Bing Kee Cha Dong (炳記茶檔), 5 Shepherd Street, Tai Hang | (+852) 2577 3117

Photo: @vhhh.foodie (via Instagram)
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Siu Choi Wong (小菜王)

When the sun goes down, this corner eatery in the heart of Sham Shui Po comes to life. Siu Choi Wong’s fluorescent green neon sign and intoxicating wok hei (鑊氣; “breath of the wok”) aroma draw lively crowds of locals and tourists alike for a meal of Cantonese stir-fries and homestyle comfort food. With both indoor and alfresco seat available, you can bask in the sun on a beautiful day or seek refuge from the rain or scorching heat.

As far as the menu goes, there are around 80 different small plates to choose from, ranging from your classic beef ribs in spicy black bean sauce ($123) and clams with black pepper & butter ($118) to the less-common stir-fried goose intestine with soy sauce ($88) and sautéed frogs ($95). If you’re looking to indulge in some deep-fried delicacies, they do great crispy pork intestines and deep-fried noodlefish with cheese & butter ($118) as well.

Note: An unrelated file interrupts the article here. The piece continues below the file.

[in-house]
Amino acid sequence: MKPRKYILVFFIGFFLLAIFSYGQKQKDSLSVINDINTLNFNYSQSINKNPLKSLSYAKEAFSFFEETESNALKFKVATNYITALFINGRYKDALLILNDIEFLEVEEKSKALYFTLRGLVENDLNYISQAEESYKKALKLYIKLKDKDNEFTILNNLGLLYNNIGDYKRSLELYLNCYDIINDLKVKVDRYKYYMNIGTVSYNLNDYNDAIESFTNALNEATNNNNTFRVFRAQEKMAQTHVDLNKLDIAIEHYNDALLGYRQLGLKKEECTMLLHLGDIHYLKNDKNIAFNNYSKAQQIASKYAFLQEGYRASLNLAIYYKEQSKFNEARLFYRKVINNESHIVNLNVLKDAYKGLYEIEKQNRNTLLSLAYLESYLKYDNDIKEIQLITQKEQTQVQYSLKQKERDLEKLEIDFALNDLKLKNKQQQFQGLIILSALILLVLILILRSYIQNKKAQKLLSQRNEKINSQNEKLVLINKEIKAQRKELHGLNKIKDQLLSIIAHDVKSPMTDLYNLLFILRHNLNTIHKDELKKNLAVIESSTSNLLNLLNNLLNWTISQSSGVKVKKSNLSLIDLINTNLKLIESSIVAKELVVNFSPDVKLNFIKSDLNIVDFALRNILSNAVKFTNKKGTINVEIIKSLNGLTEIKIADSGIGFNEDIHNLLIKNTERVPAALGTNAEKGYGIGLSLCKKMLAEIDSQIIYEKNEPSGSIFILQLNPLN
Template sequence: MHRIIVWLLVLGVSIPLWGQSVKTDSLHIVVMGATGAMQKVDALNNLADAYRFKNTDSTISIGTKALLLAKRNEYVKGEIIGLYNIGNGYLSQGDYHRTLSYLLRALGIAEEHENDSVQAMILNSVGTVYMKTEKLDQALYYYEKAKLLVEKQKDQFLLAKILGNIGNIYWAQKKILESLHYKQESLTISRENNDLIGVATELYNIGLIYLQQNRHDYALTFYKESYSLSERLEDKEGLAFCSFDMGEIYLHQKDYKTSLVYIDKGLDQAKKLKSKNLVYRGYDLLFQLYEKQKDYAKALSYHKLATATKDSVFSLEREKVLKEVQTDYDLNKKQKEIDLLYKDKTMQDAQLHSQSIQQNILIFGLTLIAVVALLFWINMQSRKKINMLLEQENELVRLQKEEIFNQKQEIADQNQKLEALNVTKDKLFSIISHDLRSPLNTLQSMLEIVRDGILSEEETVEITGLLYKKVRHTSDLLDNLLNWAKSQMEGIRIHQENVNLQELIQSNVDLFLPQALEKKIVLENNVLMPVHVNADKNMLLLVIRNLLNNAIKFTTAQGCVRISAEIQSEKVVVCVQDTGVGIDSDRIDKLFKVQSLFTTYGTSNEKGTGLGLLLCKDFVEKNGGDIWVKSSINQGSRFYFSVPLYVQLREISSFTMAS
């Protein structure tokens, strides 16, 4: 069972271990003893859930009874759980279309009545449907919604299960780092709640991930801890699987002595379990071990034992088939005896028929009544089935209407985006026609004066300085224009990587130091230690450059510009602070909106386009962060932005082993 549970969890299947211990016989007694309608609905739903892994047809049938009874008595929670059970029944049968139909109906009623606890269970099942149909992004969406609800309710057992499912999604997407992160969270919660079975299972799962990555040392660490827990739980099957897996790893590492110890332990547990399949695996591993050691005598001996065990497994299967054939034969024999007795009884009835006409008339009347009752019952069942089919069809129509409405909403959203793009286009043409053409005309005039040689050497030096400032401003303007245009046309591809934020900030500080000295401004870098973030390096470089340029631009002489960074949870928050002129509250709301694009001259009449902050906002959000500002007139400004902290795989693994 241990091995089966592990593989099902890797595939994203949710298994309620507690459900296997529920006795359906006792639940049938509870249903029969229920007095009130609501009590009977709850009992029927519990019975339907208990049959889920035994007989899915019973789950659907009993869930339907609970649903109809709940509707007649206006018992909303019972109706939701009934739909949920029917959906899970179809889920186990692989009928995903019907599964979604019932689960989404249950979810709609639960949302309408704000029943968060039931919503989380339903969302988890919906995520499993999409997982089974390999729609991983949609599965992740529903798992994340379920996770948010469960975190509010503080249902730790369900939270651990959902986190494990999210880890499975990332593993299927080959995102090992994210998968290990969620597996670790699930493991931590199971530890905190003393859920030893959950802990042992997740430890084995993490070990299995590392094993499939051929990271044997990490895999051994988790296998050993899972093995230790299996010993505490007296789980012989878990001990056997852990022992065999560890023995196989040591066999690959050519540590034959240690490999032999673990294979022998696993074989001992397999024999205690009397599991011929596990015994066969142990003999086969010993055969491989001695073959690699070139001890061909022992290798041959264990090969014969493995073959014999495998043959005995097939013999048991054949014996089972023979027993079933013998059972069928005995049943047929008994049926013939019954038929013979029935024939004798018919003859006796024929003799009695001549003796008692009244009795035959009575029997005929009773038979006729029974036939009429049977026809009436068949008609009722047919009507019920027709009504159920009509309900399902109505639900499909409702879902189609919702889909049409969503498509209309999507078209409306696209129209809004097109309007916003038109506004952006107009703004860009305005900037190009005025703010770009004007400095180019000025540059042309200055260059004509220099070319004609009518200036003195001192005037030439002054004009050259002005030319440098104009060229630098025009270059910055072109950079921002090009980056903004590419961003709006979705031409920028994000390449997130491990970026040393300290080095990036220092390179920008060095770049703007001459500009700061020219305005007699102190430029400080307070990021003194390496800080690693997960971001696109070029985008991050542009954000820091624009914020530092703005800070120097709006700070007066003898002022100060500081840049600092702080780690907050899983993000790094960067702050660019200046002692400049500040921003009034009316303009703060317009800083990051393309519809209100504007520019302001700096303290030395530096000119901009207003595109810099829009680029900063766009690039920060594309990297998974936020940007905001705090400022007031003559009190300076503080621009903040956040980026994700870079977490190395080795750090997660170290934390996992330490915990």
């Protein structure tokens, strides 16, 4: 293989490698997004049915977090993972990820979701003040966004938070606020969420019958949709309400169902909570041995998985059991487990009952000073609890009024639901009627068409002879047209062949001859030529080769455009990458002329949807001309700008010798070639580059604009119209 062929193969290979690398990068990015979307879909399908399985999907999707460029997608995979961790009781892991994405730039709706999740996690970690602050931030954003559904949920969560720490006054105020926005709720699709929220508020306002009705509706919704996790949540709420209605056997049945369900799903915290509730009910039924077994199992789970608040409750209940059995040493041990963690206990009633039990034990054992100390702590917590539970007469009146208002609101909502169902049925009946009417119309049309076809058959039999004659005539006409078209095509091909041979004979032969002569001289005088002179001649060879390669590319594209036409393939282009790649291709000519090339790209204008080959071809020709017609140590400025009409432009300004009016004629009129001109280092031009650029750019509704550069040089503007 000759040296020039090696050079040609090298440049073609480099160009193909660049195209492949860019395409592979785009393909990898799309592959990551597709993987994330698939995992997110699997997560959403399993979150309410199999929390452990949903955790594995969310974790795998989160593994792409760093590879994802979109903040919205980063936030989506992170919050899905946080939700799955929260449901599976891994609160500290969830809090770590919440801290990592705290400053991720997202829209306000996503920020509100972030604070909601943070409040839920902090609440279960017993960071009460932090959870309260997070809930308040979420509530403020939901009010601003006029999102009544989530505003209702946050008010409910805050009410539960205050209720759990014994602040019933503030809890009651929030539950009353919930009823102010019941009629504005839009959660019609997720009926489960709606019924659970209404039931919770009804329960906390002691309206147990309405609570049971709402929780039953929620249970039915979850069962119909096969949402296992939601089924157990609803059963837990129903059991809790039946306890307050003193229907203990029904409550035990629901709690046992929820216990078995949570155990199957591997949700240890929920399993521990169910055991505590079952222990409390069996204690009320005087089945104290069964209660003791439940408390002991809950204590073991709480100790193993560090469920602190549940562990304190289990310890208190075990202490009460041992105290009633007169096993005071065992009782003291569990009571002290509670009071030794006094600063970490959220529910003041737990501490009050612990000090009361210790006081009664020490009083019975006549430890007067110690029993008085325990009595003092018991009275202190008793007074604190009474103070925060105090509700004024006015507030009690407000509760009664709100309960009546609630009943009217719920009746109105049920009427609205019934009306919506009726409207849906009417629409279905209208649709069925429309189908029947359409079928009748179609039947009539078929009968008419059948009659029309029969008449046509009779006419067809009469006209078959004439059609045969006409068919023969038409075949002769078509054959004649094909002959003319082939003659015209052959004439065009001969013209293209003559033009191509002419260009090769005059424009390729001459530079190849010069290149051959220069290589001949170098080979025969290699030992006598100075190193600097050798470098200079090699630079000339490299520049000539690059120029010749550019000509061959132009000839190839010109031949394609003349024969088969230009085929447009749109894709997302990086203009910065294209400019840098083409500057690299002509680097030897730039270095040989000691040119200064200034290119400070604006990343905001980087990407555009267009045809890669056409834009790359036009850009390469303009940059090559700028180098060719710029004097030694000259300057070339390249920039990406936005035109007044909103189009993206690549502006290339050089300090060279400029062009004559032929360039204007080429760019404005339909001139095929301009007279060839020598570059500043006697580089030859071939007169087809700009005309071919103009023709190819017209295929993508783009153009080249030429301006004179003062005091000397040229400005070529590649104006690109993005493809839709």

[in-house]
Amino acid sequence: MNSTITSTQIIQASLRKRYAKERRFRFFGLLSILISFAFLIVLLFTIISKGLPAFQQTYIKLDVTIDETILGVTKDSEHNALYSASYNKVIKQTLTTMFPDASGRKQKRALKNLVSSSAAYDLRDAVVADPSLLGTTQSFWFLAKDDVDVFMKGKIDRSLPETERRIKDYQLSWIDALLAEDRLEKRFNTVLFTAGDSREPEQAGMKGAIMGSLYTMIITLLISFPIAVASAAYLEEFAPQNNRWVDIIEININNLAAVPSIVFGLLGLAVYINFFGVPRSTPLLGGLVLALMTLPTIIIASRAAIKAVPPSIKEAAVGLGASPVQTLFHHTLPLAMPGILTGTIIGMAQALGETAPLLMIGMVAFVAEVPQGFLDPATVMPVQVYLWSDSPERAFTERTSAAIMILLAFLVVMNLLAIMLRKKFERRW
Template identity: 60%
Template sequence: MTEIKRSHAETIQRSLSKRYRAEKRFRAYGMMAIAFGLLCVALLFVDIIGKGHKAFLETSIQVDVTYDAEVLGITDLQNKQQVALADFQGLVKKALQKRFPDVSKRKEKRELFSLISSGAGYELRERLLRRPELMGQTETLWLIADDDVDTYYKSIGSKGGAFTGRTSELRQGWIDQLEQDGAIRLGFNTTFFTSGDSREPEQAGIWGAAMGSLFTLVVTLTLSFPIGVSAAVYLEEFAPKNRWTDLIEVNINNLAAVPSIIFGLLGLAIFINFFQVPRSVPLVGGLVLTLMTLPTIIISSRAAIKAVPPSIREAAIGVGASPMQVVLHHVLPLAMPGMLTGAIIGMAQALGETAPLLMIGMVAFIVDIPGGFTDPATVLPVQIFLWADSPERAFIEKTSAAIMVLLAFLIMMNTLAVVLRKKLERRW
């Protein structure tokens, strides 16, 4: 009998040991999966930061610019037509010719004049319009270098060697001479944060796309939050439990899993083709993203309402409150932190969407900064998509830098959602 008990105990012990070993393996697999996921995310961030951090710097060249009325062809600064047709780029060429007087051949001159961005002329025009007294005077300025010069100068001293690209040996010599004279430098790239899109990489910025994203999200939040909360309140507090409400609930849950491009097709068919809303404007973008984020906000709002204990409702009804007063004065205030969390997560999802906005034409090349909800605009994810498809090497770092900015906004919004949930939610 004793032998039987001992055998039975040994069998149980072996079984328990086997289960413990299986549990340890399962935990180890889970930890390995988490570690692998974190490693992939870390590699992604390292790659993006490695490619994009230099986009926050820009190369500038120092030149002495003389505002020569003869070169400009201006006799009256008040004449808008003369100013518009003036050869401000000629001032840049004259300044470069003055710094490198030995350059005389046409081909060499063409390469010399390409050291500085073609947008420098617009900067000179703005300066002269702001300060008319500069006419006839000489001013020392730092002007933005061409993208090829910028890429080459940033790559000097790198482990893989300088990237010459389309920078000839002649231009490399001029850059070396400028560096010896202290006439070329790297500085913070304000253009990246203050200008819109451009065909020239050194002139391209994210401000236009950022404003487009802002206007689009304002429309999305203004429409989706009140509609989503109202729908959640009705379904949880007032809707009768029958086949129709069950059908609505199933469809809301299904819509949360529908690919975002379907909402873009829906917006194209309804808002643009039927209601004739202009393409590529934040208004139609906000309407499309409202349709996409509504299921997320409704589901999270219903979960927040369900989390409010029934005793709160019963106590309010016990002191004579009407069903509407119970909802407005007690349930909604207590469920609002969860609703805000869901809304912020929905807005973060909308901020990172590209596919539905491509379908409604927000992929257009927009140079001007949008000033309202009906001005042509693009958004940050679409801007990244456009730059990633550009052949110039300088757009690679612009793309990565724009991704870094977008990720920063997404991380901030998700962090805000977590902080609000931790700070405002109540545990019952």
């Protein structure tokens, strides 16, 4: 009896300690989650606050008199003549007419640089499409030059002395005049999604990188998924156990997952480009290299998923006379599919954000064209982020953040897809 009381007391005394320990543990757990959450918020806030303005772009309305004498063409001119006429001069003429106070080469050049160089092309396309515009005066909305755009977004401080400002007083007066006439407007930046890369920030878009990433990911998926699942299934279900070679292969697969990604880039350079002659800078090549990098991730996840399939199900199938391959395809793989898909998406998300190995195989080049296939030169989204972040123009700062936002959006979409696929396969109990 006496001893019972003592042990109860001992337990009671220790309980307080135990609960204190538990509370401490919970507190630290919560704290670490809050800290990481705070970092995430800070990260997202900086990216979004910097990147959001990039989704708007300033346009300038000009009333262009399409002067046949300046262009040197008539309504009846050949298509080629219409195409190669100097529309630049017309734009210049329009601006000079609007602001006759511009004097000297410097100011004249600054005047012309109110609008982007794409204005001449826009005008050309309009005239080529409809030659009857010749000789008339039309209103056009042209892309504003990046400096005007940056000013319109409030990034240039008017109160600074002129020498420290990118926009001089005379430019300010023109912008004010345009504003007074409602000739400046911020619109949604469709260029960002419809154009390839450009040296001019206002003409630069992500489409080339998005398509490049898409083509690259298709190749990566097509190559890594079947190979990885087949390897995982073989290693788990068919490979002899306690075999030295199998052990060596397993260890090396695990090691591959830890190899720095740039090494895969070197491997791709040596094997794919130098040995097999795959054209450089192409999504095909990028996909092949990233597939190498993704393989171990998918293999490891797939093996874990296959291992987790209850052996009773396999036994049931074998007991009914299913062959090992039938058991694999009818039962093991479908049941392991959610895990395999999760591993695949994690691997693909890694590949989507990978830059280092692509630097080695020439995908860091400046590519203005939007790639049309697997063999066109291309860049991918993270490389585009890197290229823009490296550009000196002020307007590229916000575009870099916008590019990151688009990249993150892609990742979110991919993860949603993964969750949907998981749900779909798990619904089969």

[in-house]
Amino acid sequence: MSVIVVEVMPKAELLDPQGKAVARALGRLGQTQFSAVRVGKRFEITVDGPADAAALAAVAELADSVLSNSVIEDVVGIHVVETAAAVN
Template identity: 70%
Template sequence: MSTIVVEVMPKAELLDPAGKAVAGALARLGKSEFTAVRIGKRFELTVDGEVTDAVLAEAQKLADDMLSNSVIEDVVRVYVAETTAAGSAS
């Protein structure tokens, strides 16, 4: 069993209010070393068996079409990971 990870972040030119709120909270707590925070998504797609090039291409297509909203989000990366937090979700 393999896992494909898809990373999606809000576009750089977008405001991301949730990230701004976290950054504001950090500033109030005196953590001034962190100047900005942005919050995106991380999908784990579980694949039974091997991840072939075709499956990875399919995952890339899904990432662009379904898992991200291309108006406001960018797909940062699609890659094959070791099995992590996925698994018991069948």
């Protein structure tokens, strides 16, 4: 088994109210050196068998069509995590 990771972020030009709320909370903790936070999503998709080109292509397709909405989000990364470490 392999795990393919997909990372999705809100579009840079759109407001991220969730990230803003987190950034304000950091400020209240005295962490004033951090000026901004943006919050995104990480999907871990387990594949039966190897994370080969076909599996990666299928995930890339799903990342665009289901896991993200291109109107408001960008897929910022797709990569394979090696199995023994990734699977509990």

Siu Choi Wong (小菜王), 43 Fuk Wing Street, Sham Shui Po | (+852) 2776 8380

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Photo: @inthemoodforfood (via Instagram)
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Ball Kee (波記)